Recombinant Proteins: 7 Reasons Why We Need Them

Recombinant Proteins

A protein can be manipulated, and this is often done by having it encoded by a gene, i.e., recombinant DNA. Such a protein is then called a recombinant protein. Why would anyone want to make recombinant proteins? The simple answer is that proteins are the building blocks of the human system, and their benefits are countless. Recombinant proteins are generated in different ways, and the goal is to produce large quantities of proteins. They are also created to modify gene sequences and manufacture useful commercial products.

Recombinant proteins are produced in special vehicles called vectors. And the process of production is known as recombinant technology.

Again, a recombinant protein is a gene-encoded protein (recombinant DNA) that has been successfully cloned in a system where the expression of the gene is supported. Also, the translation of messenger RNA has to be supported by the system similarly.

A little flashback through time will remind us that it was impossible to produce proteins before now synthetically. That’s what recombinant DNA technology brought to reality. So, gone are the days when proteins of interest have to be harvested from the source through expensive processes only to get merger yields after purification. With recombinant technology, proteins of interest can be produced on an industrial scale from an isolate to diagnosis or treatment purposes. It is either through routine isolation or the synthesis of genes, followed by a cloning process and industrial-scale production.

Mutant proteins can be expressed through recombinant DNA technology. Today, a couple of companies focus on the recombinant protein production service. But before you choose one, you have to be sure if they provide high-quality, rapid, and cost-effective services. These companies have services that range from production to delivery of mutant, wild-type, and ortholog proteins.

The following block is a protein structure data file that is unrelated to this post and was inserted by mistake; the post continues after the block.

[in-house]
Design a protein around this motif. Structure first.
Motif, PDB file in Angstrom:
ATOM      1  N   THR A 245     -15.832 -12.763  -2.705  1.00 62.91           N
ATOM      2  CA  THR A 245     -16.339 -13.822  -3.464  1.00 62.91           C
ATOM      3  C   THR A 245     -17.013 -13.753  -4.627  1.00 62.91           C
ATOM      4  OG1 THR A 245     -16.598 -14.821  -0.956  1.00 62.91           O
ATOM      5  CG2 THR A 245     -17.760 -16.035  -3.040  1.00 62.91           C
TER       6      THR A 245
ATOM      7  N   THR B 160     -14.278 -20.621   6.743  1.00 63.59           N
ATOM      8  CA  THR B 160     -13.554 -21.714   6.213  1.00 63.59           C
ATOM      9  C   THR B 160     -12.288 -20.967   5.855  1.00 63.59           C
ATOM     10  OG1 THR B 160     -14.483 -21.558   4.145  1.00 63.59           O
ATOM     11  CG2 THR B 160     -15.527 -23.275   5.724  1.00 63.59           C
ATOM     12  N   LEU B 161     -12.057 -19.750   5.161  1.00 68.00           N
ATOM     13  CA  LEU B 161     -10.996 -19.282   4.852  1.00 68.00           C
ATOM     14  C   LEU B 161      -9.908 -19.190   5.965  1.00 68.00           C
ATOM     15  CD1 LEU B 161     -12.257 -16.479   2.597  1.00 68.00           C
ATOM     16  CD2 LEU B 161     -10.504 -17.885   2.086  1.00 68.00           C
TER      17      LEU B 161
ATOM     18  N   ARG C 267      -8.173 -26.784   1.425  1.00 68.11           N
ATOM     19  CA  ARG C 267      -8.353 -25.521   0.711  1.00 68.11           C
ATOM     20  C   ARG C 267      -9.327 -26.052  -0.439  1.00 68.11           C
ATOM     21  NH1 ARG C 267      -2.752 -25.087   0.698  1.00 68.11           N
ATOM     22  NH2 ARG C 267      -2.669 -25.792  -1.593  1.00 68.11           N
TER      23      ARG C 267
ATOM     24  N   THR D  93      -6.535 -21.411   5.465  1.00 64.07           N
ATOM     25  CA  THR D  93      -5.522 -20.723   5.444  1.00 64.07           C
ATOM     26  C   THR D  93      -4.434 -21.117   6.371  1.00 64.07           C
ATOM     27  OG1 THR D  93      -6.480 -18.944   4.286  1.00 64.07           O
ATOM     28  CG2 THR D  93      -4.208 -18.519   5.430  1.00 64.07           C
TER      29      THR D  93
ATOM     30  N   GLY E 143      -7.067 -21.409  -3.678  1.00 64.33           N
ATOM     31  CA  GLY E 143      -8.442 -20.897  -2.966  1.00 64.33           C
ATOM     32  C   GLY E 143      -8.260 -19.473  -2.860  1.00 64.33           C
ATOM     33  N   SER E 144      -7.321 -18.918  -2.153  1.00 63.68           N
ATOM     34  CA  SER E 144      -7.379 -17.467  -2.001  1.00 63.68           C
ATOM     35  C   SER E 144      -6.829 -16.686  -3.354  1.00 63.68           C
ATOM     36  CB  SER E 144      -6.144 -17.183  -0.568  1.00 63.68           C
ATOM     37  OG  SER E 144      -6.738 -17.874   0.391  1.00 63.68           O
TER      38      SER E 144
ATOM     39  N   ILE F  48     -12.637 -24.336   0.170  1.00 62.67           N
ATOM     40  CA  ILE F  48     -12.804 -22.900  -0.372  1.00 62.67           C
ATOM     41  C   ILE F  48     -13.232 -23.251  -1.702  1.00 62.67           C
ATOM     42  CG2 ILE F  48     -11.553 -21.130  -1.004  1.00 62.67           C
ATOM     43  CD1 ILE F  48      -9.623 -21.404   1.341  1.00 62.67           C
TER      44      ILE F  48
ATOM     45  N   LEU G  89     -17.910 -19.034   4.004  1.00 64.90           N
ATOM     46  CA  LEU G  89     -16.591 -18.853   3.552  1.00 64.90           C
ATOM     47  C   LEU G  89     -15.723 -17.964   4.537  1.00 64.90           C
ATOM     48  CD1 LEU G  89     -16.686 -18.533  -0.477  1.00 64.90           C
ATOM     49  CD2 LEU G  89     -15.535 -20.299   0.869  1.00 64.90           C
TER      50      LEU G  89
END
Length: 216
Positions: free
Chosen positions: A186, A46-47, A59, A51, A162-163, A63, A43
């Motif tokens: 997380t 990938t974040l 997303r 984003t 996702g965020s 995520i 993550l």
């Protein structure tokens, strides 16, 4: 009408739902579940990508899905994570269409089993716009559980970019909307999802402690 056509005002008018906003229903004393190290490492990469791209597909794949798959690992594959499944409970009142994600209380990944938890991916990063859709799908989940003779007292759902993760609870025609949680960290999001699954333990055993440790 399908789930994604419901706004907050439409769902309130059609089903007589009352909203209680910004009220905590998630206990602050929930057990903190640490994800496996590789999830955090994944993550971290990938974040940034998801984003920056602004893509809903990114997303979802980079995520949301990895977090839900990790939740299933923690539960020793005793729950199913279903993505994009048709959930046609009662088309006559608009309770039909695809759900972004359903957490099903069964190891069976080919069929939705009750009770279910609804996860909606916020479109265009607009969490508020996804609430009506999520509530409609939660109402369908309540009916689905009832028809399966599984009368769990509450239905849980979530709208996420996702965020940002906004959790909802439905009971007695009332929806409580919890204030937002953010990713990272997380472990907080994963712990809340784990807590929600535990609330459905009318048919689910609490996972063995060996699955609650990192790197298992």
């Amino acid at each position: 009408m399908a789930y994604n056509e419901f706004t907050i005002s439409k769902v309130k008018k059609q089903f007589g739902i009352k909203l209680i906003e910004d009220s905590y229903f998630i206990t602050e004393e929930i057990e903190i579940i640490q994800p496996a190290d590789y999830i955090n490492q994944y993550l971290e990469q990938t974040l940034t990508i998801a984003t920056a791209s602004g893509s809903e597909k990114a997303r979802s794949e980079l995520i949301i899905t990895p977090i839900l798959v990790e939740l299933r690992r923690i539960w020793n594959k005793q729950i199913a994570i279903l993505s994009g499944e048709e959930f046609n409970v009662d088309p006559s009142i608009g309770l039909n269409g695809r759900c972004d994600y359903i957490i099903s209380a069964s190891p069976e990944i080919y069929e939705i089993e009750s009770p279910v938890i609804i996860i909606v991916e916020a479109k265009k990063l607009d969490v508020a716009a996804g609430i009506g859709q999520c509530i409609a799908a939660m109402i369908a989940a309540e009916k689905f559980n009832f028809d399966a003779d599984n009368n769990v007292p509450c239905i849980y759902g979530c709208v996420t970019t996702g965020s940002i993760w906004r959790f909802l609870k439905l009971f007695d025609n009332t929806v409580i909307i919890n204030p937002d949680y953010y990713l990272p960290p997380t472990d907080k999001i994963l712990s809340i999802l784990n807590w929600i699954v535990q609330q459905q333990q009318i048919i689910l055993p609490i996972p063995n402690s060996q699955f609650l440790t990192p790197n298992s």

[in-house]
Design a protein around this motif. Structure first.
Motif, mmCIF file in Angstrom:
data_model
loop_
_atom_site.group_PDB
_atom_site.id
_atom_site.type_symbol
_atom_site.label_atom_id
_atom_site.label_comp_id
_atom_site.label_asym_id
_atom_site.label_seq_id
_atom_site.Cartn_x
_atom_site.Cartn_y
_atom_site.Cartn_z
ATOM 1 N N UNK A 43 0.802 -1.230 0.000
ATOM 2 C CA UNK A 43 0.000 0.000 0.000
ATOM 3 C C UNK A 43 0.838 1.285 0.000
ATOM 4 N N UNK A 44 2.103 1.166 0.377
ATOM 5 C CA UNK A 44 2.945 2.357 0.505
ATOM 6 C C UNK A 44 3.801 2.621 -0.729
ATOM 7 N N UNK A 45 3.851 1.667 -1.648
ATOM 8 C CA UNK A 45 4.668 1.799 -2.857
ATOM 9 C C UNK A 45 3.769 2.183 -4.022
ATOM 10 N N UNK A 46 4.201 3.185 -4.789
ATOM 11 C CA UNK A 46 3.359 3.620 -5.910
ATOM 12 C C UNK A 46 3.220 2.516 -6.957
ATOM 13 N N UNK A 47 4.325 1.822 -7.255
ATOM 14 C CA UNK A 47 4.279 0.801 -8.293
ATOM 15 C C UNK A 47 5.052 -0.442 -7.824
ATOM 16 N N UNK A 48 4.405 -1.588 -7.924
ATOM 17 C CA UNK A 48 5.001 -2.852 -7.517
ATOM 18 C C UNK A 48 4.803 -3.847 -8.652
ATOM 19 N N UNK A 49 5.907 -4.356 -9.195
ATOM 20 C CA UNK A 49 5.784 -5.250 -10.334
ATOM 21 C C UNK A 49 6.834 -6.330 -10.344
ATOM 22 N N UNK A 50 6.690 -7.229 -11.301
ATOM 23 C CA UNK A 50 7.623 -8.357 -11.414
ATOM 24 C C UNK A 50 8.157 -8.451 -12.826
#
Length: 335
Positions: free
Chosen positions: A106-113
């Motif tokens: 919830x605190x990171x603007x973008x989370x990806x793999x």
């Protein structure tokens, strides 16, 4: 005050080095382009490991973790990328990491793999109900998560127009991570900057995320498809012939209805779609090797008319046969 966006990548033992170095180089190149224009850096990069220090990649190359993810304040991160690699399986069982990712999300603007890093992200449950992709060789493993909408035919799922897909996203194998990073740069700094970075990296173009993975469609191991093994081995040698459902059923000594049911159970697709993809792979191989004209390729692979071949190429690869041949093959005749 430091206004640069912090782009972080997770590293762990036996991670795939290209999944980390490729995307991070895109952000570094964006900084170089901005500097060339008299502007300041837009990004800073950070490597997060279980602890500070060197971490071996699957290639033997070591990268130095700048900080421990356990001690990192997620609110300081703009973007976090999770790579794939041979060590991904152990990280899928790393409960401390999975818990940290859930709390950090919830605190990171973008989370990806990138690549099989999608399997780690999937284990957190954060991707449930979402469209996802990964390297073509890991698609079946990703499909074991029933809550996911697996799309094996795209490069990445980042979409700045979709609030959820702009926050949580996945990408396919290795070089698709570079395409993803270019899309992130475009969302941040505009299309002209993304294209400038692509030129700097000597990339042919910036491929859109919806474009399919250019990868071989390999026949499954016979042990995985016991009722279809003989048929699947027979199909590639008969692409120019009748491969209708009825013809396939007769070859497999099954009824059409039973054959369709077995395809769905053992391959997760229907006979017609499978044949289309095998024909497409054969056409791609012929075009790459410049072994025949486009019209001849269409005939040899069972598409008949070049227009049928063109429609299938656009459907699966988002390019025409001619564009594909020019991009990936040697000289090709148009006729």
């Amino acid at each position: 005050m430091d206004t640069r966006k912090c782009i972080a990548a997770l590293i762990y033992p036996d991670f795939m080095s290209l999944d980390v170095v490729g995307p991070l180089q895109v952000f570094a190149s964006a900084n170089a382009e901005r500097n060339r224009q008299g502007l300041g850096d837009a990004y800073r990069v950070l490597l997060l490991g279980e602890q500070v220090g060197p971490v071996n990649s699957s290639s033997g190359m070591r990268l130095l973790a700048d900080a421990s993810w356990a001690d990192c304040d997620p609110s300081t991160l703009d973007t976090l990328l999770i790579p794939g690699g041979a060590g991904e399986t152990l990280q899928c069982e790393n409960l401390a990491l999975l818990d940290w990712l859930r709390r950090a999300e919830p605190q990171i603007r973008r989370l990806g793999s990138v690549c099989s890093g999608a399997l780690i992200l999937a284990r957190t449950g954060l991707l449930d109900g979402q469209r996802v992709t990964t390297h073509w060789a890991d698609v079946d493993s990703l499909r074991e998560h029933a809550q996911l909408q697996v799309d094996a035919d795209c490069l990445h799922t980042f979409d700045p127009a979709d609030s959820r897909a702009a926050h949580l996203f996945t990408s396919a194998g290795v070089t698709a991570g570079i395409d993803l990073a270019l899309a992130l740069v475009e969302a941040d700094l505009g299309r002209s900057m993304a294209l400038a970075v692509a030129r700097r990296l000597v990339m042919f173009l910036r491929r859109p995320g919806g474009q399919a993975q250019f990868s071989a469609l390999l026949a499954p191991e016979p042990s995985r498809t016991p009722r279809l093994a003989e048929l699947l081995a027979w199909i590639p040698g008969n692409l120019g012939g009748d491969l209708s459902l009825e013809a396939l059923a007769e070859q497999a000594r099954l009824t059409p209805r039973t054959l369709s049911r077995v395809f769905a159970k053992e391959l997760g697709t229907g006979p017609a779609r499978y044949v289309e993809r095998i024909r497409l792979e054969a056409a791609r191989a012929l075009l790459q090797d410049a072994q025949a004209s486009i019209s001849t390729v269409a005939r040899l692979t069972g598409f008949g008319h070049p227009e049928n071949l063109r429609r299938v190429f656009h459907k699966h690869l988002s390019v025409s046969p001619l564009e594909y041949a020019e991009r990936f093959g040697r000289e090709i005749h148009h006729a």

The primary areas of application of recombinant protein are as follows:

  • Production of Chemicals
  • Treatment of food and waste
  • Agricultural industry
  • Cosmetic industry
  • Pharmaceutical industry

Reasons Why We Need Recombinant Protein

Now let’s talk about why we need them. Why would anyone ever need a recombinant protein? Here are seven reasons why we need them.

Biomedical Research

Recombinant proteins are used for biomedical research projects to comprehend disease and health. They are used to understand the interactions between proteins. This is vital because proteins play a distinct role in cellular processes.

Recombinant therapeutic proteins have been developed to reduce the need for human donors for certain endogenous enzymes. One such enzyme is alpha-1-antitrypsin. This is one of the enzymes produced by the liver and secreted into the bloodstream. Individuals who cannot produce this enzyme, which is necessary to protect the lungs, need human donors. The donor’s blood is extracted and infused into the recipient to receive the Alpha-1-antitrypsin protein.

Laboratory Techniques